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Flashback: Brown’s Chicken Massacre Leaves Grim Mark on Chicago

The murder of seven at the popular fried chicken chain went unsolved for nearly a decade before two men were convicted

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Brown's Chicken took a nosedive soon after the 1993 massacre.

Jose Osorio/Chicago Tribune/TNS/Getty

Every native of the Chicagoland area is familiar with Brown’s Chicken, but the fried chicken chain took a tragic hit when a massacre occurred at a Palatine, Illinois location in the early Nineties. Two assailants, who were convicted nearly a decade later, murdered seven people.

The mass murder occurred on January 8th, 1993. The Palatine franchise’s owners Richard and Lynn Ehlenfeldt were two of the victims, along with five of their employees. Two of the employees were students at Palatine High School. All seven were either shot or stabbed, with their bodies gruesomely left in the establishment’s walk-in refrigerators. Less than $2,000 had been stolen by the two murderers.

The massacre went unsolved in the quiet northwestern suburb of Chicago for years until a woman named Anne Lockett revealed in 2002 that her ex-boyfriend James Degorski had been behind the tragedy. She also implicated his associate Juan A. Luna who had previously worked at that particular Brown’s Chicken. At the time of their crime, Luna and Degorski were 18- and 20-years-old respectively. Lockett had been dating Degorski at the time and held on to his secret for nine years because he had threatened to kill her if she revealed the truth.

As soon as the investigation began in 1993, Luna had been one of 300 current and former employees to be interviewed, according to The New York Times. Controversy surrounded the DNA tests in the new millennium, with Luna and Degorski’s defense lawyers claiming that the chicken dinner used as evidence that was claimed to have been shared by the pair before the fatal robbery transpired had been mishandled.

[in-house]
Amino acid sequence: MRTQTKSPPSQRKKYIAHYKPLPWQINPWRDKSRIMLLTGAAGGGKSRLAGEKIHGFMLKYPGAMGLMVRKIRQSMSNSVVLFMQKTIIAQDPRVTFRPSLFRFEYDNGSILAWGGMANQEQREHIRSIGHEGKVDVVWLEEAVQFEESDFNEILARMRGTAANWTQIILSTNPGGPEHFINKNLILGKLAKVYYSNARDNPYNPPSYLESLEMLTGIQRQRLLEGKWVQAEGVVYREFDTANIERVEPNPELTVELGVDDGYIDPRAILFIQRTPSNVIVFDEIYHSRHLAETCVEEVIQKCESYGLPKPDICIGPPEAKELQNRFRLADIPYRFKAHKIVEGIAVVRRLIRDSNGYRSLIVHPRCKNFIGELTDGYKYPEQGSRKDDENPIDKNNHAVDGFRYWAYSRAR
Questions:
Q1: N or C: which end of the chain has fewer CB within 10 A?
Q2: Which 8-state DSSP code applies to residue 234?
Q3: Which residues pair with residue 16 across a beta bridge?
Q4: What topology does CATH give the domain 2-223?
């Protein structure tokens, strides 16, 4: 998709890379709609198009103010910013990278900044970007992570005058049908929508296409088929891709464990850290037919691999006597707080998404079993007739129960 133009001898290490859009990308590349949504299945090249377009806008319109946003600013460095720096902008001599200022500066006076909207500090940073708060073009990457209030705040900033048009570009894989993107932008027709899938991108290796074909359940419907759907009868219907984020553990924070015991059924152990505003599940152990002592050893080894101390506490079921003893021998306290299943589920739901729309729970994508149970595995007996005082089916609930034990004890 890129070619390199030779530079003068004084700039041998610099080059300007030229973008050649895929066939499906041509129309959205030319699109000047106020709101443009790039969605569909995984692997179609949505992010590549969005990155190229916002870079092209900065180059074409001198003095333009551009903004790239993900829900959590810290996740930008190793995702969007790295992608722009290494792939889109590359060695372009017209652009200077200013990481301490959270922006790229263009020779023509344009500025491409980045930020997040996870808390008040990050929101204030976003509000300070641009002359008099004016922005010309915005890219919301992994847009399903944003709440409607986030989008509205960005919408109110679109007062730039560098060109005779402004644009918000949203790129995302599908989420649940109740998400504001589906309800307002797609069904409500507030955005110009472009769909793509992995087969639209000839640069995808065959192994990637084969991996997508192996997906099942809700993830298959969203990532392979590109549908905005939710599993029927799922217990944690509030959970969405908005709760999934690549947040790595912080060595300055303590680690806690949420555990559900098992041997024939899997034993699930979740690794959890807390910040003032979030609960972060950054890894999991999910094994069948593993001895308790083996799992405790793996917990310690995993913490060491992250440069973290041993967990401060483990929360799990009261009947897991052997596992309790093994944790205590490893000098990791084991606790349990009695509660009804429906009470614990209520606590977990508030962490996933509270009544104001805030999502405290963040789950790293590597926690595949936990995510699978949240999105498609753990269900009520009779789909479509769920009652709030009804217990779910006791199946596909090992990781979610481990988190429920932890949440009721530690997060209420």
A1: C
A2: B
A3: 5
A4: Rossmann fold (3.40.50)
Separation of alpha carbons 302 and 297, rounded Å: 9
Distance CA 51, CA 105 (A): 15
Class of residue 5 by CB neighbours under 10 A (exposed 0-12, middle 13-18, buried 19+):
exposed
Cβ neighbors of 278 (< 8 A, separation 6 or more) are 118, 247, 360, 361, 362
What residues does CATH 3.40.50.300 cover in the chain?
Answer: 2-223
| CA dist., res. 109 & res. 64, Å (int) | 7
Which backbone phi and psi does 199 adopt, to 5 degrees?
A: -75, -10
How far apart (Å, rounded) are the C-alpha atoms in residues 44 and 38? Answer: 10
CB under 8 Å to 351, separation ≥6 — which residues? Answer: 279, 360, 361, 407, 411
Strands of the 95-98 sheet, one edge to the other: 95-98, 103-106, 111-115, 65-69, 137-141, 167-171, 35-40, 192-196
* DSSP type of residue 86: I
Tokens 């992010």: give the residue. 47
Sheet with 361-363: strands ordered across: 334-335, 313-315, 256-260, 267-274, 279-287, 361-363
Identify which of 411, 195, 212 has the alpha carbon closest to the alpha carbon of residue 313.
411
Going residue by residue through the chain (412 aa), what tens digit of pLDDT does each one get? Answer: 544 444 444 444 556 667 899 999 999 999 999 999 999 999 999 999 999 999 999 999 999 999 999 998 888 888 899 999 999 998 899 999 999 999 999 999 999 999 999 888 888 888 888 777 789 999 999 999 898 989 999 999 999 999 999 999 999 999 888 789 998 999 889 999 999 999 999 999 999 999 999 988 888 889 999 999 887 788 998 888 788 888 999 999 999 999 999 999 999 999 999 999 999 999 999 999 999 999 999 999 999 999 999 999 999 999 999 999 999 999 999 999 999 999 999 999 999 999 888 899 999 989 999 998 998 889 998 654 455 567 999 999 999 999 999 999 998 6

Both men were sentenced to life and nearly sentenced to the death penalty, though the juries handling their respective trials did not reach the necessary unanimous vote to impose such a final conviction.

Even though he is still serving his life sentence, Degorski was awarded $451,000 in 2014 after winning a civil rights lawsuit against a former Cook County jail guard who was accused of beating the murderer. The jury’s decision to vote in Degorski’s favor was met with controversy from many Chicagoland residents, especially the families of Degorski’s victims.

“To me, it’s like he was paid to kill,” Epifania Castro told The Chicago Tribune in 2014. Castro’s son Michael was 16-years-old when he was murdered by Degorski and Luna. “He got rewarded and he’s a killer.”

The Ehlenfeldts were parents to three daughters, two of whom had been scheduled to be at the restaurant that night though they were not present when the massacre occurred. Jennifer Shilling, their third daughter, is a Democratic member of the Wisconsin State Senate.

That particular Brown’s Chicken was closed down soon after the bodies were found. It was a dry cleaning business before the building was demolished entirely. Currently, a Chase Bank stands where the restaurant once was.

“I have not walked in there,” a customer at that particular Chase Bank told ABC 7 Chicago in 2013, reflecting the still chilling aftermath of the event. “I’ve just gone through the drive-thru. I won’t walk in the building. To me, it’s a sacred place where people lost their lives.”

Brown’s Chicken took a nosedive soon after the massacre. Over 100 locations were once spread around Illinois and Indiana, but as of 2016, less than 25 remain with zero franchises in Indiana. 

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